MERS Case in the United States: Are We In Danger From This Novel Coronavirus?

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Coronavirus gets its name from the crown-like spikes that surround the virus. Image by the CDC

Coronavirus gets its name from the crown-like spikes that surround the virus. Image by the CDC

A case of Middle Eastern Respiratory Syndrome (MERS) virus has now been confirmed in the United States.

The Centers for Disease Control and Prevention (CDC) reported on Friday, May 2, 2014 that a healthcare worker who had recently traveled to Saudi Arabia was in isolation in an Indiana hospital.

The U.S. patient was reportedly in good condition and the CDC are working to alert passengers that he may have had close contact with under concerns that they may become infected.

So how concerned should you be now that MERS is in the United States? And what exactly is MERS? Here is what you need to know to be up to date on the developing situation.

What is MERS?

A type of coronavirus causes MERS-CoV, which gets its name from the crown-like spikes you see around the virus. Coronaviruses are common viruses that typically cause mild to moderate upper-respiratory tract infections. MERS is in the same coronavirus family that also includes the SARS virus.

Source of MERS

These viruses can also infect animals, but generally only one small group of related species. Currently, health officials have found the MERS virus in camels in Qatar, Egypt and Saudi Arabia, and a bat in Saudi Arabia. The CDC and the World Health Organization are working to identify the role that camels, bats, and other animals may play in the transmission of MERS. 

MERS Symptoms and Transmission

Researchers first identified MERS-CoV in 2012 in Saudi Arabia – noting that it is different from other coronaviruses. According to the CDC, most people who contracted MERS developed a severe acute respiratory infection that includes fever, cough, and shortness of breath – and about 30 percent of them have died. On the other hand, some people who tested positive for MERS had a mild infection or showed no symptoms at all.

The MERS virus can spread from person to person, though it is not a sustained mode of transmission. Those who have contracted MERS have been those who have been in close contact with the ill person, such as healthcare workers.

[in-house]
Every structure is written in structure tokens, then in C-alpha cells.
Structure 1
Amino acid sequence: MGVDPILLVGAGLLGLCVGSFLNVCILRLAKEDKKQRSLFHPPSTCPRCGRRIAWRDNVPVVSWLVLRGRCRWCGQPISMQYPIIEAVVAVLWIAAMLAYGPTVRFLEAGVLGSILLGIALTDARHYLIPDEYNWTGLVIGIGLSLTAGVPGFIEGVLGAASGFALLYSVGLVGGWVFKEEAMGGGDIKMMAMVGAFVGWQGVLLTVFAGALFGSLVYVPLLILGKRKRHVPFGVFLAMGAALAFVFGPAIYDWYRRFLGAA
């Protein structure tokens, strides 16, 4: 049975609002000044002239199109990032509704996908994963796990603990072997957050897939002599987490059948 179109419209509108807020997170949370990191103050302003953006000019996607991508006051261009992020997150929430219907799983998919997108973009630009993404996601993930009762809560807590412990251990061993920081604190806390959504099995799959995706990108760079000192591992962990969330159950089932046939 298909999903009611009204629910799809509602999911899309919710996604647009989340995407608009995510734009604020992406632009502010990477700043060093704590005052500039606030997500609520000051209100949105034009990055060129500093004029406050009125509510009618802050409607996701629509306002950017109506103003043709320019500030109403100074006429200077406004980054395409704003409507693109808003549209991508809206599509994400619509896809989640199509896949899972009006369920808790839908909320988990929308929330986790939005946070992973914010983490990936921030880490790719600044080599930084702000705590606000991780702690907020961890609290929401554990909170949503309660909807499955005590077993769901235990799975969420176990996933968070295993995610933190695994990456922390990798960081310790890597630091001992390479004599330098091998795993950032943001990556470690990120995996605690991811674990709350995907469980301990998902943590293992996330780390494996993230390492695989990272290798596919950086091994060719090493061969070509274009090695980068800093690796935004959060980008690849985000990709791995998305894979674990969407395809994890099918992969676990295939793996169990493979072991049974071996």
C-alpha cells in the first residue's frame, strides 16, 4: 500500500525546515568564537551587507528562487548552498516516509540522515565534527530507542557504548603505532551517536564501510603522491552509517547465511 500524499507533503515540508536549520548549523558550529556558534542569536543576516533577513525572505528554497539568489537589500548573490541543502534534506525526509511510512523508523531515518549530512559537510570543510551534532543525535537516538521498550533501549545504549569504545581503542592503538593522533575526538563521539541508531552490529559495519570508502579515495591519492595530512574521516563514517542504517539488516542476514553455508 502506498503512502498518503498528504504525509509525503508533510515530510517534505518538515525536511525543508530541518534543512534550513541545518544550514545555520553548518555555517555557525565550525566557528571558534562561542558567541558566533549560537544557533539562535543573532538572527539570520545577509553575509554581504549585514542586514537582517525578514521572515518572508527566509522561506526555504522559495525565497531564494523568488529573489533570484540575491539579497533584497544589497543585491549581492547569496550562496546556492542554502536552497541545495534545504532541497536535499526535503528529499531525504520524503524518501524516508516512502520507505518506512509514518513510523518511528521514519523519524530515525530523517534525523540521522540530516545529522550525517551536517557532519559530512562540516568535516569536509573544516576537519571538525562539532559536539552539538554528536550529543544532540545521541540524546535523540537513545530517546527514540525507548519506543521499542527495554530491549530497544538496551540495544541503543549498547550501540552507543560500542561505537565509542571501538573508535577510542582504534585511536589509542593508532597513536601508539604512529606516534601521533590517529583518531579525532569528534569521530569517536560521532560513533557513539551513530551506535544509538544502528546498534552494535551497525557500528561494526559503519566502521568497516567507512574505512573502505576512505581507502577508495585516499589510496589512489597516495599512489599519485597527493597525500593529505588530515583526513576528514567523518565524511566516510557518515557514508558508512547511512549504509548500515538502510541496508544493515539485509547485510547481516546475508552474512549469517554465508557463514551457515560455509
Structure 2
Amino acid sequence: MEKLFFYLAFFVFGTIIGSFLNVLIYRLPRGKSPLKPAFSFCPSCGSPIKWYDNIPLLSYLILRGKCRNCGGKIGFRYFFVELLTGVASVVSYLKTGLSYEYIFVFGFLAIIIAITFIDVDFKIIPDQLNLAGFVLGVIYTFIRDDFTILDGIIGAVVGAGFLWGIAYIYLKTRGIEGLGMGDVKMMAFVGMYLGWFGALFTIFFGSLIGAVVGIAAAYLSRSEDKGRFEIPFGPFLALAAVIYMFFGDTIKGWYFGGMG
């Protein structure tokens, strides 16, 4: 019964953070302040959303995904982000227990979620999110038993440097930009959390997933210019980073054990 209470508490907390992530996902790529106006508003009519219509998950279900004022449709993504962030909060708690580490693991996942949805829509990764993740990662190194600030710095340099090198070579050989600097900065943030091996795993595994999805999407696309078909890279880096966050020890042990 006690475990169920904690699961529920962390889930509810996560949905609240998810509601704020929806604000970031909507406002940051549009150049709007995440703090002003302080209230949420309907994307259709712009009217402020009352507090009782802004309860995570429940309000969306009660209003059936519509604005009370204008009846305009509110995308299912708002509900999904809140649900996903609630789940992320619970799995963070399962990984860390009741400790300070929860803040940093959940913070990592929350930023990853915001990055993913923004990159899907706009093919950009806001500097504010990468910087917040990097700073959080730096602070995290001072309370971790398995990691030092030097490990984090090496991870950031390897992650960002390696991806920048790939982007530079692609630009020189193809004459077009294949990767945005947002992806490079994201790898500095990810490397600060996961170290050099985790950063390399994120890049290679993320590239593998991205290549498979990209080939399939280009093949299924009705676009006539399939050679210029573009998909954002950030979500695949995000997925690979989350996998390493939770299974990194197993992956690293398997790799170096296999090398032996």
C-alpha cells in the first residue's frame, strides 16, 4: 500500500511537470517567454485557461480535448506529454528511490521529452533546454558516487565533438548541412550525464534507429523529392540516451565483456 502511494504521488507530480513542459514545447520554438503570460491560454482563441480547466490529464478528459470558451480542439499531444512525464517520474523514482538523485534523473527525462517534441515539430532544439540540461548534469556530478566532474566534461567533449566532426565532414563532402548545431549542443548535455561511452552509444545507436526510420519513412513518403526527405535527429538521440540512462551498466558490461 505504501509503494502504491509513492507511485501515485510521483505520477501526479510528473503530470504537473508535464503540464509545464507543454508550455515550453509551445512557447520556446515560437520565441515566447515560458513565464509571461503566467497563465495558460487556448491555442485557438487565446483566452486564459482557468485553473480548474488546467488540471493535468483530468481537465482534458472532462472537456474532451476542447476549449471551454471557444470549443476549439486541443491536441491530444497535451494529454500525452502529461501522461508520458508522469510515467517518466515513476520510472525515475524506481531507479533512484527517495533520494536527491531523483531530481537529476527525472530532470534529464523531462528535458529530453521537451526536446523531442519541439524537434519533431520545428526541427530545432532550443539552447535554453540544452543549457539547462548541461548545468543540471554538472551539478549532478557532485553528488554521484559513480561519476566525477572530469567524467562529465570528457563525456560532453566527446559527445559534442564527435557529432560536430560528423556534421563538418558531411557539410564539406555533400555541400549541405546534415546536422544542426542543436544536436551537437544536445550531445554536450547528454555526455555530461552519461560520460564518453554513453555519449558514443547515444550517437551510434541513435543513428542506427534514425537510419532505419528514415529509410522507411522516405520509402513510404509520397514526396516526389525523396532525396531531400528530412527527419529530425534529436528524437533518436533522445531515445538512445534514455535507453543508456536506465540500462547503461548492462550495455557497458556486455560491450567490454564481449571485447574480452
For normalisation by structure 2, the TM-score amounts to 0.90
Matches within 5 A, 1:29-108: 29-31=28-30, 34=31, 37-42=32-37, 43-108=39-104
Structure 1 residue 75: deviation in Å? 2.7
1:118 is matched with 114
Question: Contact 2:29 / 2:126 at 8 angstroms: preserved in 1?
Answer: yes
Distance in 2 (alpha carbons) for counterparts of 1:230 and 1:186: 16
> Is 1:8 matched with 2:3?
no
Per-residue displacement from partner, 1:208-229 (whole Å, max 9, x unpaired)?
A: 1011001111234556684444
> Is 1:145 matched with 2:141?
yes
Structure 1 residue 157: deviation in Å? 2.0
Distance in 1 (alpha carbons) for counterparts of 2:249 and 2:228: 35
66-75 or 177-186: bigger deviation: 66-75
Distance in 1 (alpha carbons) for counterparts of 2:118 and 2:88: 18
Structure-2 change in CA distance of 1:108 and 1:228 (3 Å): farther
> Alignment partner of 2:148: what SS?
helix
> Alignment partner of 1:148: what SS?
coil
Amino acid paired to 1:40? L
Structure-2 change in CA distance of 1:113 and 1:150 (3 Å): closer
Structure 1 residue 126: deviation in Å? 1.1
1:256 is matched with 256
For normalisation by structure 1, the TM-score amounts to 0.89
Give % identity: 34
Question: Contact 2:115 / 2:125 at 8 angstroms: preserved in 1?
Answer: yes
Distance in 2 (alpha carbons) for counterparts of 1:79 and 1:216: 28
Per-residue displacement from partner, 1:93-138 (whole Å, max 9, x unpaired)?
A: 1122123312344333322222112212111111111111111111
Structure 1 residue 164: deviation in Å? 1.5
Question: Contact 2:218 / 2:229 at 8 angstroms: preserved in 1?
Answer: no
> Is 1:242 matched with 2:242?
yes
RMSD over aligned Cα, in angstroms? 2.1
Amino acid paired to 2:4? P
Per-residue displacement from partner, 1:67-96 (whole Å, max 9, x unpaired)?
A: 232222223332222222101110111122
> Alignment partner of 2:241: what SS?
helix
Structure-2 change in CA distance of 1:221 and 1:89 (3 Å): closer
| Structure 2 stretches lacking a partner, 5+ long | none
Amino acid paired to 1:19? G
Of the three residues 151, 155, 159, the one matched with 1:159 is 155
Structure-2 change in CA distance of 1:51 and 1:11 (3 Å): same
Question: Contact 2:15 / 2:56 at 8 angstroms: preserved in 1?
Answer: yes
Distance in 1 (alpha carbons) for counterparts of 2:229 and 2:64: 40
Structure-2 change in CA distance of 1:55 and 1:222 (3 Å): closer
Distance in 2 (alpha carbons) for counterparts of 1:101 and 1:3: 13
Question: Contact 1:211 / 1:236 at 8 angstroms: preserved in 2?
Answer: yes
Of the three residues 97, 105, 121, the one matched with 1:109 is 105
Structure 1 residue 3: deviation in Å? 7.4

MERS Prevention and Protection

There is no specific treatment for MERS, only supportive treatment for the symptoms and there is no vaccine, so your best protection is prevention.

Washing your hands often with soap and water for at least 20 seconds, or using alcohol-based hand sanitizer can help prevent infections. Avoid touching your eyes, nose, or mouth with unwashed hands, as this is an entryway for viruses and bacteria. Clean and disinfect surfaces and toys that you and your family will be touching frequently; such as door knobs and light switches.

Avoid close contact with anyone who’s sick – don’t share utensils or drinking glasses, or kisses with anyone who’s ill – and you can protect yourself from contracting many types of illnesses, not just MERS or SARS.

MERS in the US

While the first case of MERS in the United States maybe a bit alarming, CDC officials reassure the public that unless you have had close contact with someone who’s infected, such as caring for them or living with them, you are most likely not at risk – People who come in casual contact with someone who has MERS will not necessarily become infected themselves.

The CDC has not issued any travel warnings to avoid countries that are involved in the outbreak; however, if you become sick with MERS symptoms within two weeks of traveling in or around the Arabian Peninsula, you should seek medical care and tell your doctor about your travels.

As part of the public health preparedness, the CDC is distributing MERS-CoV testing kits to state health departments and have provided documents to healthcare providers that give guidance on MERS infection. The CDC is also assessing ill passengers who are returning from areas where the MERS virus is occurring.

Are you worried about MERS?

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